While the Waaree factory, pictured here at their booth during last year’s REI show, is one of the bigger module fabs in India, there are also several very small facilities - among them two newly founded module assemblies operated solely by women.
- Indian Minister for New and Renewable Energy Ministry (MNRE) RK Singh laid the foundation stone for a PV module manufacturing plant in Bihar, India
- The plant will be owned and operated by women’s self-help group federations at the local level
- A memorandum of understanding (MoU) was signed between Bihar Rural Livelihood Promotion Society (BRLPS)-Jeevika, the Indian Institute of Technology-Bombay (IIT), and the Cluster Level Federation of the women’s self-help group members to this effect
- IIT-Bombay is already helping local women’s self-help groups in Dungarpur Rajasthan in setting up a 2 MW PV module manufacturing plant
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Indian Minister for New and Renewable Energy Ministry (MNRE) RK Singh recently laid the foundation stone for a PV module manufacturing plant in Gaya, Bihar, in India. A memorandum of understanding (MoU) was signed between Bihar Rural Livelihood Promotion Society (BRLPS)-Jeevika, Indian Institute of Technology-Bombay (IIT), and the Cluster Level Federation of women’s self-help group members.
Located in the Sherghati block of Gaya district, it will be completely owned and operated by women’s self-help group federations at the local level, according to MNRE. The official press release from MNRE did not specify the capacity this factory would have.
While there are not many details available about this facility, premier Indian higher education institute IIT-Bombay is already involved in a “first-of-its-kind” PV module manufacturing plant in Dungarpur, in the state of Rajasthan. It will be completely owned and operated by local tribal women. According to local media, the Dungarpur plant is planned to have a manufacturing capacity of 2 MW with final products ranging from 1 to 300 W.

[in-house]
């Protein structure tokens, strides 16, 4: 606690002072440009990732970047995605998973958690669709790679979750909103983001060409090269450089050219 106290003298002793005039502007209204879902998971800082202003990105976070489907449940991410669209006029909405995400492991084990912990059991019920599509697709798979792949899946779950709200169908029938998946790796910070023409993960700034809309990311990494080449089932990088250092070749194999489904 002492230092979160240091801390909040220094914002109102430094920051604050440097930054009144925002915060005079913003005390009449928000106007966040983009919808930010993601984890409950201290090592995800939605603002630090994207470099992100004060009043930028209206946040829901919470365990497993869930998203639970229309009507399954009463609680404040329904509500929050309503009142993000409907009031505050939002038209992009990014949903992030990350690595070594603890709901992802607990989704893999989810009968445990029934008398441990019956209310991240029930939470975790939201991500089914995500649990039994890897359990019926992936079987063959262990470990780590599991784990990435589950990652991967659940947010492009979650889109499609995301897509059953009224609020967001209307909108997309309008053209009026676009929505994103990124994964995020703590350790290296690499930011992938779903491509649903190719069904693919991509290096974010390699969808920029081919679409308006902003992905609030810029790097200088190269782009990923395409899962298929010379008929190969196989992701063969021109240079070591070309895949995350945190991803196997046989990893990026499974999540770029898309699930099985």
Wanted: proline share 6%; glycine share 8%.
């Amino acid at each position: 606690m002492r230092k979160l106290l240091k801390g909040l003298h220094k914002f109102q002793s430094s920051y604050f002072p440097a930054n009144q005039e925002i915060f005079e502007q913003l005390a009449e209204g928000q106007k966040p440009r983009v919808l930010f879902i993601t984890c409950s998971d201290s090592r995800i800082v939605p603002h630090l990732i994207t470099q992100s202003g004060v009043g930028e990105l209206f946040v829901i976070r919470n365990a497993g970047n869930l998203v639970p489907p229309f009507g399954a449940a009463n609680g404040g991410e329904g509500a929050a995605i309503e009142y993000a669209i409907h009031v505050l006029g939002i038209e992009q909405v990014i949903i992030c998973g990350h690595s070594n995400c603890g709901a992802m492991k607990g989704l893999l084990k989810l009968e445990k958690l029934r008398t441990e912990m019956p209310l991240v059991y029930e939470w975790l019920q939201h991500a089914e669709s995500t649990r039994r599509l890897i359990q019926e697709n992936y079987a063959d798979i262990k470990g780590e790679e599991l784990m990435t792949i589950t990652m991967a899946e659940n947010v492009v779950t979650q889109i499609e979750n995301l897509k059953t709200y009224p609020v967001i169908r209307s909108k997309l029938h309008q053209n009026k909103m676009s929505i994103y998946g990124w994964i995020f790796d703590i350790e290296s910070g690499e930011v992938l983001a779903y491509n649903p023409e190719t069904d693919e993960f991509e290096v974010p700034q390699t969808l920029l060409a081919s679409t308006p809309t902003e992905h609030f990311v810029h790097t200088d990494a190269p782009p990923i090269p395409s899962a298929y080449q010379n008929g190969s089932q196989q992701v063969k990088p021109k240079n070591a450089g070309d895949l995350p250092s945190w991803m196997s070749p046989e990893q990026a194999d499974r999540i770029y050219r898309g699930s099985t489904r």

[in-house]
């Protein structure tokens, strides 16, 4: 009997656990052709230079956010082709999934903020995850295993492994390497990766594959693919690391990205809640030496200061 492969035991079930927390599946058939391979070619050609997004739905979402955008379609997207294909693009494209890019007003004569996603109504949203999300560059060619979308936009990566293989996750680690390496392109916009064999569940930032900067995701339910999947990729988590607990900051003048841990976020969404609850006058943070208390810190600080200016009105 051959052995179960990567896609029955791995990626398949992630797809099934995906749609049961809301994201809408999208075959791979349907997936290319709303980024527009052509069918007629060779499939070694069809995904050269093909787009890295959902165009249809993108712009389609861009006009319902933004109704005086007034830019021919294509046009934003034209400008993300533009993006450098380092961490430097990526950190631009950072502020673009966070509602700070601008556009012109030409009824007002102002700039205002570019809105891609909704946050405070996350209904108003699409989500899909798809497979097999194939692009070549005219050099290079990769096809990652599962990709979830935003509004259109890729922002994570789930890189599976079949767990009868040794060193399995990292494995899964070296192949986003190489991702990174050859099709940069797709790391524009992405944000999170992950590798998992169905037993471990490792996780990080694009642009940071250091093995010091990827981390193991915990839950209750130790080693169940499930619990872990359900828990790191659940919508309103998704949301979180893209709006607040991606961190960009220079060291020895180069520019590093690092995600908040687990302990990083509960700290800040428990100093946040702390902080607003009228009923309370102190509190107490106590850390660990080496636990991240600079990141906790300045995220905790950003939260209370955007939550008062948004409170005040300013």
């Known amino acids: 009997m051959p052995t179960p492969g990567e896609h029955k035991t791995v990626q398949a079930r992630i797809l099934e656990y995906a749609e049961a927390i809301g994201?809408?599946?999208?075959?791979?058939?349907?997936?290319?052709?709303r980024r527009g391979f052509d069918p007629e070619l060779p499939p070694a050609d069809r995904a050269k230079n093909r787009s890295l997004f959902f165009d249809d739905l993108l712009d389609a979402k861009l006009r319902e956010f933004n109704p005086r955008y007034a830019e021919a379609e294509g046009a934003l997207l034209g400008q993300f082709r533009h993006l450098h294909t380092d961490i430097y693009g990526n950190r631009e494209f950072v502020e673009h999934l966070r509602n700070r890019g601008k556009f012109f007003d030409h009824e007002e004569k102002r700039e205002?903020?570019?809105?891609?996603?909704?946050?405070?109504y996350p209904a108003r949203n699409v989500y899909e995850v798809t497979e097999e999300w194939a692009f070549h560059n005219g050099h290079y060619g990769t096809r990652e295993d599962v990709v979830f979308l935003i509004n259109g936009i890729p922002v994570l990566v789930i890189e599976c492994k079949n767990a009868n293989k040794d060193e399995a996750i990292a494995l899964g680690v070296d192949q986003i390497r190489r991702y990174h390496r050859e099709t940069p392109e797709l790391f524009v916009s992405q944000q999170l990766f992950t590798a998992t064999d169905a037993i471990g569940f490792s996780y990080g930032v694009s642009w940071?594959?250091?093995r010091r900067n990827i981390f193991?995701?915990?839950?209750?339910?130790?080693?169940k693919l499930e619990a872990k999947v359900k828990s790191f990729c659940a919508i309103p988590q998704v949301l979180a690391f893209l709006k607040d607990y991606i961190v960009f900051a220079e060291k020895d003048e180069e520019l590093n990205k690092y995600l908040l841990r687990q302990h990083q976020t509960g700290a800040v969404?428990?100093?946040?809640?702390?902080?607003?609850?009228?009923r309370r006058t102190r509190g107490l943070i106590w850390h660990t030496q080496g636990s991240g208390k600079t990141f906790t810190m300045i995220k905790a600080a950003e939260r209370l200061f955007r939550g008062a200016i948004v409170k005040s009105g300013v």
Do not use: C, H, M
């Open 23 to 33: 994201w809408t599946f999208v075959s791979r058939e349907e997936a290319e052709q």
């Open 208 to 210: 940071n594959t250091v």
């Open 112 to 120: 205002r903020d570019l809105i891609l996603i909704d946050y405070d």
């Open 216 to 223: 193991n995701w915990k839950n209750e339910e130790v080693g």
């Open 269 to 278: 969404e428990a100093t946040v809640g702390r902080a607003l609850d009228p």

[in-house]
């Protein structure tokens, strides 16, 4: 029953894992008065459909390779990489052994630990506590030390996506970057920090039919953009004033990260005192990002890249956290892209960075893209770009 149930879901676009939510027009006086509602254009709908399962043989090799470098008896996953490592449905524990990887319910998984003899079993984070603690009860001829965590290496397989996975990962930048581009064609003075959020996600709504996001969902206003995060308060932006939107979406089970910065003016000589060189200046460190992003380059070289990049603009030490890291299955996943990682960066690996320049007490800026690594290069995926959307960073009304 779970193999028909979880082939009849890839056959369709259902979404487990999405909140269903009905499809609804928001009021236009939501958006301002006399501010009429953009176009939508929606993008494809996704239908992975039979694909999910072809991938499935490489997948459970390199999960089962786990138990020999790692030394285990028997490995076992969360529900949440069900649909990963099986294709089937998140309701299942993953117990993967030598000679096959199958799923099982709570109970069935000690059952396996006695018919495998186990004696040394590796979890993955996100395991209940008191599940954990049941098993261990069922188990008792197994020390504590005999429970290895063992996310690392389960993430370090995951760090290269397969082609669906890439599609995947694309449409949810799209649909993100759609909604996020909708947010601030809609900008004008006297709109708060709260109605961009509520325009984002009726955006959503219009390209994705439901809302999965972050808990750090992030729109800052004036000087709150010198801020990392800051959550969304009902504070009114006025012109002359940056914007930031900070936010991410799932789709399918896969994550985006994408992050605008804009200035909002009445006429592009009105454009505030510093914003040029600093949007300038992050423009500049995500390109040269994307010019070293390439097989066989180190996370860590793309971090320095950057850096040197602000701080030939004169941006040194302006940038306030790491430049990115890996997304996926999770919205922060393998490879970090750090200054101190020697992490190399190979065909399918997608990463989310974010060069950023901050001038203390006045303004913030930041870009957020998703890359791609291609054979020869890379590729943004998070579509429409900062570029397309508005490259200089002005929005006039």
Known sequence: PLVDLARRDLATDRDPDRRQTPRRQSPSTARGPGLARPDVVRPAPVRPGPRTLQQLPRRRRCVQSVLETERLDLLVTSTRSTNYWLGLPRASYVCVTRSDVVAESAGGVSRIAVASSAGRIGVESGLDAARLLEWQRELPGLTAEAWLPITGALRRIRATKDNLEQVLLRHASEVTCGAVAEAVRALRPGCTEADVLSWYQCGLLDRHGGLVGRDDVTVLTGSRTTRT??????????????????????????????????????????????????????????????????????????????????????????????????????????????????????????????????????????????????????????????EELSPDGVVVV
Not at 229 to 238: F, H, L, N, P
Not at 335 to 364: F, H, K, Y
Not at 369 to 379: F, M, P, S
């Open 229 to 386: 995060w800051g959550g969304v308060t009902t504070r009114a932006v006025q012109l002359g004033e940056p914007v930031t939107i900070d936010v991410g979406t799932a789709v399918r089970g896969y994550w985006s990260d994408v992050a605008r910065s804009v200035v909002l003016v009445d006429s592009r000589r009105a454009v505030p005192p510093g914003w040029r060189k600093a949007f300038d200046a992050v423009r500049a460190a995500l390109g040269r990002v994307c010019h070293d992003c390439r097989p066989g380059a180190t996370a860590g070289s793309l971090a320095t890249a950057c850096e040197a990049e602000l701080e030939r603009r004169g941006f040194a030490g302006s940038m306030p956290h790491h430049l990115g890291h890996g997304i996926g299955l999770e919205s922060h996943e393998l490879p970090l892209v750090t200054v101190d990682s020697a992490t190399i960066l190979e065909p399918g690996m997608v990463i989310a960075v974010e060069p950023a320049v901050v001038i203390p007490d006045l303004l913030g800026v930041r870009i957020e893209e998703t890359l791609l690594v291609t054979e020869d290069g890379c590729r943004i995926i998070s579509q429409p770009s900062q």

These steps are part of IIT-Bombay’s Solar Urja program through the Localization for Sustainability (SoULS) system. “SoULS envisages providing local solar solutions for energy needs to the regions and communities where providing grid power in near future is difficult and expensive,” states IIT-Bombay. “The local solar solution includes involving local communities at each level of operation including manufacturing, assembly, sale, and after-sales service, thus creating livelihoods for them integrated with solar eco-system.”
Singh laid the foundation for the Gaya facility while launching a number of other initiatives. He inaugurated a solar lamp assembly and distribution center at Mahuli village in Arrah, Bihar. This too will involve women’s self-help groups at a local level in assembling solar study lamps and distributing these to underprivileged students who live off the grid.
This initiative is part of the Indian government’s scheme to provide solar study lamps in 5 states with low rural household electrification levels. Bihar is 1 of these 5 states, along with Assam, Jharkhand, Odisha and Uttar Pradesh.